Tuesday’s opening ceremony was supposed to give us a better idea of how the Celtics depth would fare against the upper echelon of the Eastern Conference. Jayson Tatum, Jaylen Brown, and Marcus Smart are slated to be a big part of the Boston playoff hopes this year. So too is Marcus Morris once he returns from a knee injury. Of course, that was when we were sure that Hayward would be anchoring the small forward position.

Now, Hayward is out for an undetermined period of time after suffering a catastrophic injury on that fateful alley-oop attempt against LeBron James. With Hayward went Boston’s hopes of a win as the opening matchup of the series went to the Cavaliers, 102–90, albeit with a bit of late excitement as a Irving took the potential game-tying shot as time expired with James guarding him.

Via Twitter:

So here we are, where we originally anticipated to start but with one less star player accounted for. While the Celtics mounted an impressive third quarter comeback, we still don’t have answers to our questions on the Boston depth chart.

It’s true that we saw some impressive play on Tuesday from the guys that were expected to complement Hayward on the way. Brown led the team with 25 points on 11-of-23 shooting in 40 minutes. Likewise, Smart showed some flashes of defensive brilliance even as he went 0-of-4 from 3-point range. Tatum, always expected to contribute the least in his first season, scored 14 points while grabbing 10 rebounds, an impressive double-double in his opening NBA game.

But this still doesn’t account for the fact that the Celtics were outplayed on the wing. The combination of Crowder and JR Smith for Cleveland proved to be too much for Boston to handle when put on the same floor with James. That is to say nothing of Kevin Love‘s performance, which undoubtedly benefited from the defensive rotational differences for the Celtics with Hayward out.

The Cavaliers outflanked Boston on Tuesday despite starting guards Derrick Rose and Dwyane Wade combining for 22 points on 24 shots. Crowder himself shot just 3-of-10 from the field, although his contributions elsewhere were obvious. The Cavaliers were able to punch out Boston even as they suffered from subpar performances from major players. No doubt with more time together both sides will solidify, but now without Hayward the young players on the Celtics will have to do much more.

It will be easier for the likes of Crowder, Wade, and Rose to mold around the best player in the NBA than it is for Boston to find a rotation that gets them into the playoffs. And while one game in October won’t tell the story of the season, we had to get a hint of what the Celtics’ young players would look like against top competition. We still got that, and if there is an upside here for Celtics fans it’s that the development of those young players appears to have sparked a flame that should grow all season.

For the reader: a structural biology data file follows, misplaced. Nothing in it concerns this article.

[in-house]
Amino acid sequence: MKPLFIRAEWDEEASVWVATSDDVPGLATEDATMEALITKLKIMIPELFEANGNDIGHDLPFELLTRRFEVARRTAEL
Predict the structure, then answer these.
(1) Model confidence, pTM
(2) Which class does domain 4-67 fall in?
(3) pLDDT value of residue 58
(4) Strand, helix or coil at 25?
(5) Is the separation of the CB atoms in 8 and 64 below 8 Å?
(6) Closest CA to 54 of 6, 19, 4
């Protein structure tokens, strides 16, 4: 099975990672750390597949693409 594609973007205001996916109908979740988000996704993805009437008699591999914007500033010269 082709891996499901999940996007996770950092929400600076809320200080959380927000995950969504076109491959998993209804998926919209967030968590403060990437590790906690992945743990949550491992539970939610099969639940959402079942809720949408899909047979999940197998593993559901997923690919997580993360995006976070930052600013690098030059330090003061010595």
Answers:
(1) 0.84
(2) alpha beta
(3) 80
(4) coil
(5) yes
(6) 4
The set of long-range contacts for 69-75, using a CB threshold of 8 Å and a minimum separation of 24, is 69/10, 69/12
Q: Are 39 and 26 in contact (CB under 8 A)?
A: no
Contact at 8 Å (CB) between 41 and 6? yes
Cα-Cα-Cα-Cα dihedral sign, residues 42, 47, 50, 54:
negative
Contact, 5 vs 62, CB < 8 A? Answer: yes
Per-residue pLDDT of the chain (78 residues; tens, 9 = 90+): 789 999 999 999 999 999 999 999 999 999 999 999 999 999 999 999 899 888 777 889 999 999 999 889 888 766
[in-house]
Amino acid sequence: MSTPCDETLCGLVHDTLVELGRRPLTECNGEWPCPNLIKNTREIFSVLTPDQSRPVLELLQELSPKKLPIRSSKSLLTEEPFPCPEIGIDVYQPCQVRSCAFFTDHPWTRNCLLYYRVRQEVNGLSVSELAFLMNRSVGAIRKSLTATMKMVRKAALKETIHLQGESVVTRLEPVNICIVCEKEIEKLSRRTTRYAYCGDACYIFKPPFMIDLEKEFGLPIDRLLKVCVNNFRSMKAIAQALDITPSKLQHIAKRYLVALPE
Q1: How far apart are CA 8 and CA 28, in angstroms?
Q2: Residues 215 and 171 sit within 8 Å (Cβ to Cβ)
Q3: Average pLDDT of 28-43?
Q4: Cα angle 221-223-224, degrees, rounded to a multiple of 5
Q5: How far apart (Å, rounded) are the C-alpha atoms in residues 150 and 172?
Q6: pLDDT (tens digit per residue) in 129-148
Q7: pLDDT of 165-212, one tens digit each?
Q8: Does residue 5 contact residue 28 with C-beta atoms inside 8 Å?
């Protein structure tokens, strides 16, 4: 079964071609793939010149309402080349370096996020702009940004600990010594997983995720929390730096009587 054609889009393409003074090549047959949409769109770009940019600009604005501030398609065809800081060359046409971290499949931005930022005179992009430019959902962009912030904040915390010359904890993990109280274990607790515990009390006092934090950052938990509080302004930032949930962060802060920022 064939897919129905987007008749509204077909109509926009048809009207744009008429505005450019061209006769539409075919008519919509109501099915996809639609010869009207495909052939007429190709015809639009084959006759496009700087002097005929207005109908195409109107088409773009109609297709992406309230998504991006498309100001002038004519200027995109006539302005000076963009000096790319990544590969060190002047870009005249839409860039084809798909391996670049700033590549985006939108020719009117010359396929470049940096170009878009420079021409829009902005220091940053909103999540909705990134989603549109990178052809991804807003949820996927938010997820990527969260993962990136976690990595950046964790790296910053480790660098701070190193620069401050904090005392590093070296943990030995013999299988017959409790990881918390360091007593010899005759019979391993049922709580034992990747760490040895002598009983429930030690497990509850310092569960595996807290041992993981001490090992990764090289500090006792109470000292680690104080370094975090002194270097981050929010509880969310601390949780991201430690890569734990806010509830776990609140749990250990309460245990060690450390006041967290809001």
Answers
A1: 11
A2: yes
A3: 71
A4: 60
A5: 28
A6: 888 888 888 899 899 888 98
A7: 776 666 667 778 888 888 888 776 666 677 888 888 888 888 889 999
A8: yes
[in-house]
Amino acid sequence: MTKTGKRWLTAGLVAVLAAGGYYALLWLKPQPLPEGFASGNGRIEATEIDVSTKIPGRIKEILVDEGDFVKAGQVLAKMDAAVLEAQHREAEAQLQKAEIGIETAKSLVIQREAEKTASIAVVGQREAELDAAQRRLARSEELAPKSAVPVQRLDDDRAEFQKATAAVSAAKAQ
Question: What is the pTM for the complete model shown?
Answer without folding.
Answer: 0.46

Make no bones about it, the Celtics still have some good players that should be able to shield the younger ones — especially Tatum — from having to shoulder too much of the load. That’s the kind of thing that can stunt the growth of a player. But that doesn’t mean that Celtics fans can’t be disappointed. It was always going to be a stretch to topple the Cavaliers and LeBron in the East, and without Hayward it will be impossible.

From Kyrie Irving to Jae Crowder, no love lost between Celtics and Cavs

AP
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The first night of the NBA is here. Now you can stop pretending that you are going to win your NFL fantasy league and pay attention to something important.

Tuesday night’s opening matchup between the Cleveland Cavaliers and Boston Celtics was of course one of intrigue for many reasons. The teams have new rosters after a trade involving Kyrie Irving, Isaiah Thomas, and Jae Crowder, just to name a few.

The NBA likes to open its seasons with matchups like this, and the crowd at The Q in Cleveland did not disappoint when they saw Irving once more.

There did not appear to be bad blood on the court between LeBron James and Irving, and the two exchanged a friendly fist bump as is customary before the tip.

Via Instagram:

Of course, Cavaliers fans did not hold back once the Celtics won the tip off and Kyrie handled the ball for the first time.

There was also myriad technical fouls, including one on Irving after a timeout and one on Al Horford for clapping at Crowder. The latter gave us this gem:

Is an absolute bummer that the Celtics will be without Gordon Hayward as he recovers from a broken left ankle. But, at least there will be some bad blood remaining between these teams to entertain us over the course of the regular season.